A new bill introduced in the Utah senate would take student funding provided to public schools and give it directly to students – to use for public school, charter school, online school or private school. We’ll examine both sides of this heated issue.
A proposal to give state funding directly to high school students, rather than public schools, continues to be hashed out by Utah lawmakers. The bill would take per-pupil funding and put it into a savings account for the individual student, rather than sending it directly to the local school district. This money could then be used by the student to pay for public or charter school
, online classes
, or even courses at the college level
. Like other bills touting school choice
, this proposal has been met with strong opinions on both sides of the aisle.
The new bill, dubbed HB123, is a proposal that would put money into the hands of students and their parents, rather than the school system. The bill was originally introduced by Republican state Representative John Dougall, according to the Huffington Post. Dougall believes that his bill would offer a number of advantages to Utah high school students, including the creation of more competition between schools, which could raise the bar on the quality of education in the state overall.
“Today what we have is top down funding and we know many of the challenges that come with top down funding,” Dougall told the Huffington Post
. “HB123 is what I call grassroots funding where we fund the student rather than institutions.”
Dougall estimates that the current funding amount students would expect to receive from the state would be approximately $6,400 per student, per year, based on current funding amounts. Instead of going to the school district, the money would be placed in a savings account for the individual student, where it could then be used to pay for whatever education choices the student and his parent make. According to the Salt Lake Tribune
, the money could be used for public school classes, charter schools or online high school courses.
Students who qualified could also opt to take eligible courses at public and some private non-profit Utah colleges. All the participating schools and districts would be able to determine the cost of their individual classes, based on resources required and other factors. Money left over at the end of the year could be earmarked for college expenses once the student graduates from high school.
Potential Benefits of the Bill
Dougall stated in Education News
that his new bill would put funding into the hands of parents and students, which would force schools to serve their pupils more effectively. While Dougall admits there are a number of details still to be ironed out of his bill, he believes giving parents the power to determine their children’s education is the best way to ensure schools respond directly to the needs of their students.
“Money would follow the kid,” Dougall was reported saying in Deseret News. “We’re trying to encourage conscientious consumers…We allow them to shop with their feet to help convey what they value most.”
Dougall also claims the bill would offer better control of where education funding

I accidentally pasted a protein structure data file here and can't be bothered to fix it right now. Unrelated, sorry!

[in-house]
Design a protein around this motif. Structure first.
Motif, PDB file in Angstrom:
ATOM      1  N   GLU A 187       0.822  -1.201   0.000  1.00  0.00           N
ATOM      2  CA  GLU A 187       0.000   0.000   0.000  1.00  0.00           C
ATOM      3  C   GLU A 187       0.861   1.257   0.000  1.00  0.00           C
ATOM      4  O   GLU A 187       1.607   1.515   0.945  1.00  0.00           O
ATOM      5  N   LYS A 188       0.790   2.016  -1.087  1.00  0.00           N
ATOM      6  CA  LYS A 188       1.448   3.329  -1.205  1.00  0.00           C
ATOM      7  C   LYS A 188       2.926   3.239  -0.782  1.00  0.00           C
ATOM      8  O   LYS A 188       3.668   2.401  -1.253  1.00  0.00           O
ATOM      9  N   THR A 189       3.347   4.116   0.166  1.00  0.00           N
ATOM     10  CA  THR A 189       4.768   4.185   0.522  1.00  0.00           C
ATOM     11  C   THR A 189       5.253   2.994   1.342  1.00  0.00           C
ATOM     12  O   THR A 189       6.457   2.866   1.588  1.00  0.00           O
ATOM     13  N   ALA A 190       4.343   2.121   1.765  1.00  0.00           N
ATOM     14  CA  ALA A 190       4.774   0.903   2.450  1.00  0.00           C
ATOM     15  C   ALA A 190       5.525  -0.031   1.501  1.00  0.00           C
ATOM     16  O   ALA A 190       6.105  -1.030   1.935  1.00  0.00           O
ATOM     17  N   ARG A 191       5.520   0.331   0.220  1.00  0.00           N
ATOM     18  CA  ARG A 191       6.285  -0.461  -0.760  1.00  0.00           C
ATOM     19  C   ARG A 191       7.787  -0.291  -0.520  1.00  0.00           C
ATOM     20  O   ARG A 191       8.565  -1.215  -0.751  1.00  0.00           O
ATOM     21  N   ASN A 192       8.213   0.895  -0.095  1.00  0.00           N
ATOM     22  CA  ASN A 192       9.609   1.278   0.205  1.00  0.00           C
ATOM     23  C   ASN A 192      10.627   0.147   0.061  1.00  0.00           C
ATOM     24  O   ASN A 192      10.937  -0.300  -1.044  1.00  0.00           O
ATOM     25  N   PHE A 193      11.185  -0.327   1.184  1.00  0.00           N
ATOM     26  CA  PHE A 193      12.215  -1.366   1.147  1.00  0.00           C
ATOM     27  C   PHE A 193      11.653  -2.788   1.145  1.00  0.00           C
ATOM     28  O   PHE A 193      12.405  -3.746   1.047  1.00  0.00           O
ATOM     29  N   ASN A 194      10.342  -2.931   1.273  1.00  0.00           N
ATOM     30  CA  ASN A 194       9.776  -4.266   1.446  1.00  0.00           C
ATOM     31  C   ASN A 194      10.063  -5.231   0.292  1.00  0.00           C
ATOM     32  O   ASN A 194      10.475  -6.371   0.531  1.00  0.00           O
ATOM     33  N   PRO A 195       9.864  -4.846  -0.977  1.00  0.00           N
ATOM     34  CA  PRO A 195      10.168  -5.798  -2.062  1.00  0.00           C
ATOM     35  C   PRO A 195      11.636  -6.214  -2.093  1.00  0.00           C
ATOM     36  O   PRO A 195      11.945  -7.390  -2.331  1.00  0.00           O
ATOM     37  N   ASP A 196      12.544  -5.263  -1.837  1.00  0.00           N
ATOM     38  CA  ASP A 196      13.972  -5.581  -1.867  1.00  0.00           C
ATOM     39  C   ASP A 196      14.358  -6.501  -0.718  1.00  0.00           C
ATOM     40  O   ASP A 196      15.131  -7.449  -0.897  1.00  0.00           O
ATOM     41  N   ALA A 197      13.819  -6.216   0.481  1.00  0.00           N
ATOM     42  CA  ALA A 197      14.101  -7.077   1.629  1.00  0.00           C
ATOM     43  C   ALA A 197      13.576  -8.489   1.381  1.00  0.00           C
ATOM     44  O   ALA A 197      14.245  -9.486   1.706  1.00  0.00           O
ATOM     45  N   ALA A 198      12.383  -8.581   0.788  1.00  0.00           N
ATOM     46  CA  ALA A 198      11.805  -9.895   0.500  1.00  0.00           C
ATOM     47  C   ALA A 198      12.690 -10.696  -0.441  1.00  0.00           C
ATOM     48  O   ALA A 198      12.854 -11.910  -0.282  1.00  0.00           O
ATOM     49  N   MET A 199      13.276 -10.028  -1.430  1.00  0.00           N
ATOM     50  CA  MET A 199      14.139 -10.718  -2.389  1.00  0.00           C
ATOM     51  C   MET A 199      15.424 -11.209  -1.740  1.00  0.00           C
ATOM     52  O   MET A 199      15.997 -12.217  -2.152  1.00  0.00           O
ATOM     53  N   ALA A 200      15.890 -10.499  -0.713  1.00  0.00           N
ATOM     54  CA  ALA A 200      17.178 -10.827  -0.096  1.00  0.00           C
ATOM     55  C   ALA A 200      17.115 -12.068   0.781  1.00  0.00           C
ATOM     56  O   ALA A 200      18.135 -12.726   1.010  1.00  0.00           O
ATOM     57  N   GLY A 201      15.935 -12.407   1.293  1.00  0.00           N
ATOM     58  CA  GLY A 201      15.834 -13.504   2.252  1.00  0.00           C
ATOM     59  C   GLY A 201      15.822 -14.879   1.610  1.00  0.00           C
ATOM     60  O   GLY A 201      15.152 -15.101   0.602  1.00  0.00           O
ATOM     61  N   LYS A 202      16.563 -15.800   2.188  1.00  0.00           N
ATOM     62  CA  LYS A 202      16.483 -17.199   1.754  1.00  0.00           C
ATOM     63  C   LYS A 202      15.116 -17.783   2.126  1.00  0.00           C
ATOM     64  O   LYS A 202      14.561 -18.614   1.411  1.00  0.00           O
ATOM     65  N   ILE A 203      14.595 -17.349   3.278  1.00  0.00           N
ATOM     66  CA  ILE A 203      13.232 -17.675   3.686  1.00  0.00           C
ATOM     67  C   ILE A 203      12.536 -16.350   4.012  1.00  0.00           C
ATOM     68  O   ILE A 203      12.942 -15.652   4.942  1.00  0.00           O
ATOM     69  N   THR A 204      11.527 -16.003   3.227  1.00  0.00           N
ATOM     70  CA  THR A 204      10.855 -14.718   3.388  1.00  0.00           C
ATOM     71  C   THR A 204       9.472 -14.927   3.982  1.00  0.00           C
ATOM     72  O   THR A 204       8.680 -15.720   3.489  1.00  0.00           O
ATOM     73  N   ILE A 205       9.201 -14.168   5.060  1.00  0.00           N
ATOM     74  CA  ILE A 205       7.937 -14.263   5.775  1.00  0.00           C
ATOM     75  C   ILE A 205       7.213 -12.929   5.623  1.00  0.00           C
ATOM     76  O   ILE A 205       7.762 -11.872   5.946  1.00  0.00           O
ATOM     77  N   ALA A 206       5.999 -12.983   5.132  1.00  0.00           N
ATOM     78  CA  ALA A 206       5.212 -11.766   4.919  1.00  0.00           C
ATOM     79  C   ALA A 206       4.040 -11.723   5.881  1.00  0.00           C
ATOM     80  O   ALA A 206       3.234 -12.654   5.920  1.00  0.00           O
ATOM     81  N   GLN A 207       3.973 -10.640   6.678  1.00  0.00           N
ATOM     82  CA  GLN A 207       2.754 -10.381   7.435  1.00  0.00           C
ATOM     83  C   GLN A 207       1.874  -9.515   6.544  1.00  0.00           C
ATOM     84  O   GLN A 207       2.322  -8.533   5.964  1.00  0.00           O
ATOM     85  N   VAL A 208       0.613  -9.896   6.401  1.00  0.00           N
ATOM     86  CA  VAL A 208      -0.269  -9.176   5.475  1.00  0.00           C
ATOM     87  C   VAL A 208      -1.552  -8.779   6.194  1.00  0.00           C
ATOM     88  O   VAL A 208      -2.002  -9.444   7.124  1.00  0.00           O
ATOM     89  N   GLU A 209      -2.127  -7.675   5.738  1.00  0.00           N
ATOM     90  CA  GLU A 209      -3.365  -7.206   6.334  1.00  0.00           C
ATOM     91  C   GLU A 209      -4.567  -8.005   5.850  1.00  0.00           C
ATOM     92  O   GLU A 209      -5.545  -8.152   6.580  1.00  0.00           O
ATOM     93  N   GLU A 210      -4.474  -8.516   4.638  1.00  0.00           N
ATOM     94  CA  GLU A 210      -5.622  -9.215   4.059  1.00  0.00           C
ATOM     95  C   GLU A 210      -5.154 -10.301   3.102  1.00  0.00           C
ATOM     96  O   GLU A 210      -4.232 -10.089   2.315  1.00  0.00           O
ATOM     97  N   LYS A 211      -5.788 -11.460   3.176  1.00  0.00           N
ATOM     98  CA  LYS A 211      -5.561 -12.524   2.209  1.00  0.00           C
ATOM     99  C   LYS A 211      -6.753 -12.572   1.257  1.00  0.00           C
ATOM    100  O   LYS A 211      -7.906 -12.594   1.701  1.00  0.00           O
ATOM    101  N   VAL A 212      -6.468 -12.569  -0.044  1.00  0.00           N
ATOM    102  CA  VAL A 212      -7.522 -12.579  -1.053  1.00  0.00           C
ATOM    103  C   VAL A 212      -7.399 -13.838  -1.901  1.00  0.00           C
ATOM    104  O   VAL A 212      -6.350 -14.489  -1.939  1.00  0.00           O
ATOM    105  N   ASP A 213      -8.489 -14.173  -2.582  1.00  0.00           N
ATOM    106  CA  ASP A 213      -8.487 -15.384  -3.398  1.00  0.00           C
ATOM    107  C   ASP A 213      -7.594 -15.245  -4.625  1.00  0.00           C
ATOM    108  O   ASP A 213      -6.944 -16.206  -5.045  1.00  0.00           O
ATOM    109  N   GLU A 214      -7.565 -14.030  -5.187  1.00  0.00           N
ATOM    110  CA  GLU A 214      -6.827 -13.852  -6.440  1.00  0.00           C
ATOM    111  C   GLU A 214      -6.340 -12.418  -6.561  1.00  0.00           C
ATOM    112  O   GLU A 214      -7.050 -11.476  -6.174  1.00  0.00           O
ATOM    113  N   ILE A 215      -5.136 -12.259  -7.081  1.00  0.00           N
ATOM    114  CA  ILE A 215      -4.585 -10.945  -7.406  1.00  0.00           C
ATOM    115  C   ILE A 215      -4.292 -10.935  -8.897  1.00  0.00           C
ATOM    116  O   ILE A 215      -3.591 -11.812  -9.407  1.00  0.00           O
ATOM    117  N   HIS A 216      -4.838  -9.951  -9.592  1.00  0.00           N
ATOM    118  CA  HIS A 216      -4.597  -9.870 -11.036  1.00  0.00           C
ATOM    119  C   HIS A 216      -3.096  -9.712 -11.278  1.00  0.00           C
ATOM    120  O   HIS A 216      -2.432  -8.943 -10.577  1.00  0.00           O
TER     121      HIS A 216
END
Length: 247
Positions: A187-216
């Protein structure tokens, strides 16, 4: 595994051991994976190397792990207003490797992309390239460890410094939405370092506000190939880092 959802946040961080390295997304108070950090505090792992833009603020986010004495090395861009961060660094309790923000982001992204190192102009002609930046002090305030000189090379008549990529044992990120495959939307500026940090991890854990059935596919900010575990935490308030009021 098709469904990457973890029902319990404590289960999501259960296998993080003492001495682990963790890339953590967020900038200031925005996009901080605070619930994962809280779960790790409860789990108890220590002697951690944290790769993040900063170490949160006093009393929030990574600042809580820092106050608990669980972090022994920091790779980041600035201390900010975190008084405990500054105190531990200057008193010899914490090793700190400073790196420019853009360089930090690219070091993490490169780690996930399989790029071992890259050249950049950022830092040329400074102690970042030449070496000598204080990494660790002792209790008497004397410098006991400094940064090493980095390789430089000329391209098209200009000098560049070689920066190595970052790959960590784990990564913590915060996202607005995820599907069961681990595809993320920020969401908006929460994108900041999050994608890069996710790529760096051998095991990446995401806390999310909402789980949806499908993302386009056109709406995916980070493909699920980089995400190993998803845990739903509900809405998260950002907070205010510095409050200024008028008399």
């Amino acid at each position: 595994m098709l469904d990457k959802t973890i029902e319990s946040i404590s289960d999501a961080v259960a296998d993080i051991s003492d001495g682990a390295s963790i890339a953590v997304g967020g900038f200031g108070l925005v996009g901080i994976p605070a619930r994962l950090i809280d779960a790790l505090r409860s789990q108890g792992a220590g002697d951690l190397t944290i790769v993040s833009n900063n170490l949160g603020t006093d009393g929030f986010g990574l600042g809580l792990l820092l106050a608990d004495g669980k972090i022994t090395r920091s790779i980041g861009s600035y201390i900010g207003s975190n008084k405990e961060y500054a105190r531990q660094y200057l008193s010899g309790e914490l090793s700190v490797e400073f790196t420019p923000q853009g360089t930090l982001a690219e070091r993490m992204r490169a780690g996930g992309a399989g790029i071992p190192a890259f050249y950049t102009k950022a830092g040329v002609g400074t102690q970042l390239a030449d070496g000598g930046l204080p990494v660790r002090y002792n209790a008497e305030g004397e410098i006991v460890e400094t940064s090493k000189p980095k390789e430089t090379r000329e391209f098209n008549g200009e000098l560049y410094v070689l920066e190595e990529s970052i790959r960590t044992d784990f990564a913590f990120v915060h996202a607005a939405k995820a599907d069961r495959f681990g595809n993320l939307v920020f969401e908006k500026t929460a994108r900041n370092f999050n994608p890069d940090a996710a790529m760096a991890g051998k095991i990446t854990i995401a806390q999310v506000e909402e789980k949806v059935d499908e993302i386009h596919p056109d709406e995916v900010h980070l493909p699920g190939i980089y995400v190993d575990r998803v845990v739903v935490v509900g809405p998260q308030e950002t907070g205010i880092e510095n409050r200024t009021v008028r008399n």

is going, since current public education formulas can be confusing to taxpayers. Now parents and students would be in the driver’s seat of spending, determining by the needs of the student how much funding each school and program would receive. For example, the current International Baccalaureate program
in Utah schools receives a set amount of funding each year. Under Dougall’s bill, that amount would be determined by the number of students interested in investing into the program.
“We don’t know where the money is going, the public doesn’t know how much we’re spending,” Dougall asserted in Deseret News
. “Because the money doesn’t follow the child, the bureaucracy tells them ‘no’.”
Some lawmakers are cautiously optimistic about what the bill might bring to the public education system in the state. Rep. Kenneth Sumsion (R-American Fork) told the Salt Lake Tribune he liked the idea of giving funding to students.
“It makes [schools] look a little more like a business and businesses in America have done pretty good,” Sumsion said.
Rep. Merlynn Newbold (R-South Jordan) also found the approach a novel and interesting one. Newbold stated in the Salt Lake Tribune, “It certainly is a fresh new look, and I think it meets some of the needs that we’ve talked about in public education as far as allowing flexibility to students to move at their own pace to create their own program.”
Lawmakers aren’t the only ones to come out in support of Dougall’s bill thus far. Alpine District school board member Wendy Hart told the Salt Lake Tribune, “I believe the primary responsibility of education rests with the parents and we need to continue to focus on that and reward and encourage that. The bottom line is our government and system should be designed to work from the bottom up, not the top down.”
Opposition to the Bill
Despite the support the bill has received, there are many who believe Dougall’s approach is not the right one in ensuring a high quality of education for high school students across the state. Some voiced concerns over what schools might do to try and save money, such as crowding 50 or 60 students into a single classroom. Others wondered if parents had all the necessary information about the public education system to help their students make the best possible choices.
At this time Bill HB123 is still in the discussion phase, as lawmakers work to iron out the many wrinkles the bill presents in its current state. Currently, Education News reports lawmakers have asked for more time to work on the bill, so it may be a period of time before HB123 is officially introduced at the state capitol. Nonetheless, the proposal is interesting and in line with the growing trend of re-examining the role of school choice in education reform.